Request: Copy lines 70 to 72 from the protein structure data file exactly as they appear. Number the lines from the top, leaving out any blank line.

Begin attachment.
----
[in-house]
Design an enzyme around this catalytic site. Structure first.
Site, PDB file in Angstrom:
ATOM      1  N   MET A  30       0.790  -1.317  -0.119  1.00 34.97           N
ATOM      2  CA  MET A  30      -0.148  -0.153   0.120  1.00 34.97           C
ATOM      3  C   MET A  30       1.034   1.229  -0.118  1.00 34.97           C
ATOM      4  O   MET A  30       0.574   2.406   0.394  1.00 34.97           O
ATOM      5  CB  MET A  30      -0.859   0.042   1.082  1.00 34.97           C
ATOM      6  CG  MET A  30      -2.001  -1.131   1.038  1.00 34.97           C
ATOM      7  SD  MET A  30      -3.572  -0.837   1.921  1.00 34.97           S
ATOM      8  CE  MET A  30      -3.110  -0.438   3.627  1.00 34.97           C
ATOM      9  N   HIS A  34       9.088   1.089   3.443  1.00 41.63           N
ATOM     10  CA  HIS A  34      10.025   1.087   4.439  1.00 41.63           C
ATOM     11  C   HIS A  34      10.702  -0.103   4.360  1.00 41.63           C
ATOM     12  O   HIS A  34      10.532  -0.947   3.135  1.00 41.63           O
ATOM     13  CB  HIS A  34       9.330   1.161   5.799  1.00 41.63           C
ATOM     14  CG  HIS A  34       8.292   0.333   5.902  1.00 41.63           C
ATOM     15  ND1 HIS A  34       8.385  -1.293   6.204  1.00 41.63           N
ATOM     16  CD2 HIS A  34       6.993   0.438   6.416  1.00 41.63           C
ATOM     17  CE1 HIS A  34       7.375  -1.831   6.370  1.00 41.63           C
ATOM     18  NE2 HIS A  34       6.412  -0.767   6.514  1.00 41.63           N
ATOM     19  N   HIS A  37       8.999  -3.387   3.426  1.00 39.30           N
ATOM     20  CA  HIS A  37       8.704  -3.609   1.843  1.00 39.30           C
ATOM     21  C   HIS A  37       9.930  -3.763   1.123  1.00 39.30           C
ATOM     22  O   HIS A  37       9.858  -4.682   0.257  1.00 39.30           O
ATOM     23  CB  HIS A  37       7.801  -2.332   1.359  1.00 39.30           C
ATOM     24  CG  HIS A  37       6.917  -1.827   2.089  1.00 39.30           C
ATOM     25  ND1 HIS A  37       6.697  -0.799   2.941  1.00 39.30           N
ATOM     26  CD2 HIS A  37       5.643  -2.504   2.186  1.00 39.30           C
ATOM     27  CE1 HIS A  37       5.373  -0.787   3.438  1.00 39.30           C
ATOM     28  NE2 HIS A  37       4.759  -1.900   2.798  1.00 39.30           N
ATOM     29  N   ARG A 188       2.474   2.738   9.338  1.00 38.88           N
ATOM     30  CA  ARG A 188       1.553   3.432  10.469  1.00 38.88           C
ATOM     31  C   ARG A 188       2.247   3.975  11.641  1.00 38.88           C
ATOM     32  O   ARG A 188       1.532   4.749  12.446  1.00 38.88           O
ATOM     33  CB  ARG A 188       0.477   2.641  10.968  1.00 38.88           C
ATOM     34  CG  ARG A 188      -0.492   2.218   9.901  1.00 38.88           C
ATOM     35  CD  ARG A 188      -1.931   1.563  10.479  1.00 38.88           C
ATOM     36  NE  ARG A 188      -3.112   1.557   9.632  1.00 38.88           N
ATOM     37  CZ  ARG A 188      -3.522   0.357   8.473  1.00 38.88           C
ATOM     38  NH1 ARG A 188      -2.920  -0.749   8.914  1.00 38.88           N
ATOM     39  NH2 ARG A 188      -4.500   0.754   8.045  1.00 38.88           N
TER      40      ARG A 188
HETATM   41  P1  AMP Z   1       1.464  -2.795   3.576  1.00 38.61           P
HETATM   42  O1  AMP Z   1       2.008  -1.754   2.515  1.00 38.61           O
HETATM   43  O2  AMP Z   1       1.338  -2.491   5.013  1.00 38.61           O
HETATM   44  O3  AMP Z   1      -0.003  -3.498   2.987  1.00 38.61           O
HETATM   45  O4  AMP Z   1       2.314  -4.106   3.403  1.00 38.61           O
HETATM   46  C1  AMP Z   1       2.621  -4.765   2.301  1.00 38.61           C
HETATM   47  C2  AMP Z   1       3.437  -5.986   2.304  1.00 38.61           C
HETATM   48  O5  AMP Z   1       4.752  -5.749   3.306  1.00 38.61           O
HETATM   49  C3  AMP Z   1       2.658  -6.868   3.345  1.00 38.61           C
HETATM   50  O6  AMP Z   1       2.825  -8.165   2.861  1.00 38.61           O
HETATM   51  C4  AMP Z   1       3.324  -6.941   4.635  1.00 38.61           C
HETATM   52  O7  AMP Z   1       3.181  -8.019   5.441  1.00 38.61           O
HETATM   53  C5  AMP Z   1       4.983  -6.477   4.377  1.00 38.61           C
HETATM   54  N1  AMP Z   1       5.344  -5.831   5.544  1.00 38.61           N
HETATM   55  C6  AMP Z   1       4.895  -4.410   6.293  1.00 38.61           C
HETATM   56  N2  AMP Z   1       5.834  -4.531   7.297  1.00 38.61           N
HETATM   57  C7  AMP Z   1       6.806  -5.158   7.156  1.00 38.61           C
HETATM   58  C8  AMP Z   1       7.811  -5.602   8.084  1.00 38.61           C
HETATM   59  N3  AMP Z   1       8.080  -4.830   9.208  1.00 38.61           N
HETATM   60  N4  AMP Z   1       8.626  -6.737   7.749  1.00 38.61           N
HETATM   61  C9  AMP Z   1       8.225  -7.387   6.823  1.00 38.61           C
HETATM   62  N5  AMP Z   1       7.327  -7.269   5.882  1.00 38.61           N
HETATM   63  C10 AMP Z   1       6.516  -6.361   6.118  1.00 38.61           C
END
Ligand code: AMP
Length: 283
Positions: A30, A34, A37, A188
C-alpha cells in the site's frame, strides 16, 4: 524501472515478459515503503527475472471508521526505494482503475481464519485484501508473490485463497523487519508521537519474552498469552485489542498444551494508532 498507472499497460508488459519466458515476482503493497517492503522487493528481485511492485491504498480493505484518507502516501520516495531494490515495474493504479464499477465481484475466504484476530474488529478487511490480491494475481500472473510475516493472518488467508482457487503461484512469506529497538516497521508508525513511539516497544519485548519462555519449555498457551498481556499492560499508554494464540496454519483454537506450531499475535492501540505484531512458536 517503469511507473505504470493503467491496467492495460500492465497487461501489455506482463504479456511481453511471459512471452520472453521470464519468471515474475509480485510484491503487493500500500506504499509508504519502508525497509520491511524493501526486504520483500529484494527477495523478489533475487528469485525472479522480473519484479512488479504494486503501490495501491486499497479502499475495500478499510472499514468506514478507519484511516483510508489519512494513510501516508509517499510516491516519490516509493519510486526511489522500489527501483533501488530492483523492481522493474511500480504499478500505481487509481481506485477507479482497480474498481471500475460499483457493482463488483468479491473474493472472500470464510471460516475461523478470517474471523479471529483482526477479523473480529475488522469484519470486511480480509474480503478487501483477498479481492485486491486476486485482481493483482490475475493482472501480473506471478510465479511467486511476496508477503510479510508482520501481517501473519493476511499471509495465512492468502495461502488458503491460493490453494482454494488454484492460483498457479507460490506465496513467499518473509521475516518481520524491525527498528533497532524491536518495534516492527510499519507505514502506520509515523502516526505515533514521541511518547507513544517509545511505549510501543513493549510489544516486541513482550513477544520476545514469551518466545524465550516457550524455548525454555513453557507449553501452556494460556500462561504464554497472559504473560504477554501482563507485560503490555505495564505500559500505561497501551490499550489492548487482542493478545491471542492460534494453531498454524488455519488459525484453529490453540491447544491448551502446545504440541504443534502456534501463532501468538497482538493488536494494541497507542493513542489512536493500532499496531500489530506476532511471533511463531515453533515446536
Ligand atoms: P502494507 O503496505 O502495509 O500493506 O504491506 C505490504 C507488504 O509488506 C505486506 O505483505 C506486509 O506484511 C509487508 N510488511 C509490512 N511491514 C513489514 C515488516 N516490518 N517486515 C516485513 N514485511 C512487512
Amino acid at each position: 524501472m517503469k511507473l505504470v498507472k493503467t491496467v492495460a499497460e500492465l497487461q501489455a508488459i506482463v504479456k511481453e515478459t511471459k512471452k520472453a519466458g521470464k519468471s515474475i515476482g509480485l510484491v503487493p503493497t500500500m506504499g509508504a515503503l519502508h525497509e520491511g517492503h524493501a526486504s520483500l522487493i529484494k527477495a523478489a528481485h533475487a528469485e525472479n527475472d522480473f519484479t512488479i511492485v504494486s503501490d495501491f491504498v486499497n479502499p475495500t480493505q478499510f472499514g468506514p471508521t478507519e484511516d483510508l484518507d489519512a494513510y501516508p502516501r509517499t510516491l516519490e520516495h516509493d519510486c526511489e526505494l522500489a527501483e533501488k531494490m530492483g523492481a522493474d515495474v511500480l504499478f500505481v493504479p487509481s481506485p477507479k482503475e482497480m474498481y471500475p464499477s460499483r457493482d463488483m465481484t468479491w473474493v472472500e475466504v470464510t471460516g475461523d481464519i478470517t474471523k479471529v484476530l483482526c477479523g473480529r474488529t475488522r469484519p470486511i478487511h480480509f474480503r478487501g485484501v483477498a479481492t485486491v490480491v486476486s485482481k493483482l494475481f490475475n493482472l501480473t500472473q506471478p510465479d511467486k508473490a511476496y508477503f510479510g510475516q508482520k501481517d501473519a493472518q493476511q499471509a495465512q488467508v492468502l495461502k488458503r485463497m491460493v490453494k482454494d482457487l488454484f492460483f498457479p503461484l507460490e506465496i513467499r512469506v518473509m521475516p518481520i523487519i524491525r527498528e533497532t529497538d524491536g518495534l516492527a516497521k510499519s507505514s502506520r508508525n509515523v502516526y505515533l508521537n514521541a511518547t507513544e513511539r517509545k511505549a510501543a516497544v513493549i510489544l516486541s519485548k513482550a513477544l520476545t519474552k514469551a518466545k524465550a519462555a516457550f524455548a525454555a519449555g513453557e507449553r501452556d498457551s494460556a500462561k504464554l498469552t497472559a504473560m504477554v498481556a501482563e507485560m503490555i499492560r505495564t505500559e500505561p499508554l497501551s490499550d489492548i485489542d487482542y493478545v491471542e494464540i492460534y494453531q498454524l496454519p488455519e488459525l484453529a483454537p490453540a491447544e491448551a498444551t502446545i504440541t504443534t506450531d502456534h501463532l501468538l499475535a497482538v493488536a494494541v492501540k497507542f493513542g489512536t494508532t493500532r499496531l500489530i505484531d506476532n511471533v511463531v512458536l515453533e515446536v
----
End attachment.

Positions: A30, A34, A37, A188
C-alpha cells in the site's frame, strides 16, 4: 524501472515478459515503503527475472471508521526505494482503475481464519485484501508473490485463497523487519508521537519474552498469552485489542498444551494508532 498507472499497460508488459519466458515476482503493497517492503522487493528481485511492485491504498480493505484518507502516501520516495531494490515495474493504479464499477465481484475466504484476530474488529478487511490480491494475481500472473510475516493472518488467508482457487503461484512469506529497538516497521508508525513511539516497544519485548519462555519449555498457551498481556499492560499508554494464540496454519483454537506450531499475535492501540505484531512458536 517503469511507473505504470493503467491496467492495460500492465497487461501489455506482463504479456511481453511471459512471452520472453521470464519468471515474475509480485510484491503487493500500500506504499509508504519502508525497509520491511524493501526486504520483500529484494527477495523478489533475487528469485525472479522480473519484479512488479504494486503501490495501491486499497479502499475495500478499510472499514468506514478507519484511516483510508489519512494513510501516508509517499510516491516519490516509493519510486526511489522500489527501483533501488530492483523492481522493474511500480504499478500505481487509481481506485477507479482497480474498481471500475460499483457493482463488483468479491473474493472472500470464510471460516475461523478470517474471523479471529483482526477479523473480529475488522469484519470486511480480509474480503478487501483477498479481492485486491486476486485482481493483482490475475493482472501480473506471478510465479511467486511476496508477503510479510508482520501481517501473519493476511499471509495465512492468502495461502488458503491460493490453494482454494488454484492460483498457479507460490506465496513467499518473509521475516518481520524491525527498528533497532524491536518495534516492527510499519507505514502506520509515523502516526505515533514521541511518547507513544517509545511505549510501543513493549510489544516486541513482550513477544520476545514469551518466545524465550516457550524455548525454555513453557507449553501452556494460556500462561504464554497472559504473560504477554501482563507485560503490555505495564505500559500505561497501551490499550489492548487482542493478545491471542492460534494453531498454524488455519488459525484453529490453540491447544491448551502446545504440541504443534502456534501463532501468538497482538493488536494494541497507542493513542489512536493500532499496531500489530506476532511471533511463531515453533515446536
Ligand atoms: P502494507 O503496505 O502495509 O500493506 O504491506 C505490504 C507488504 O509488506 C505486506 O505483505 C506486509 O506484511 C509487508 N510488511 C509490512 N511491514 C513489514 C515488516 N516490518 N517486515 C516485513 N514485511 C512487512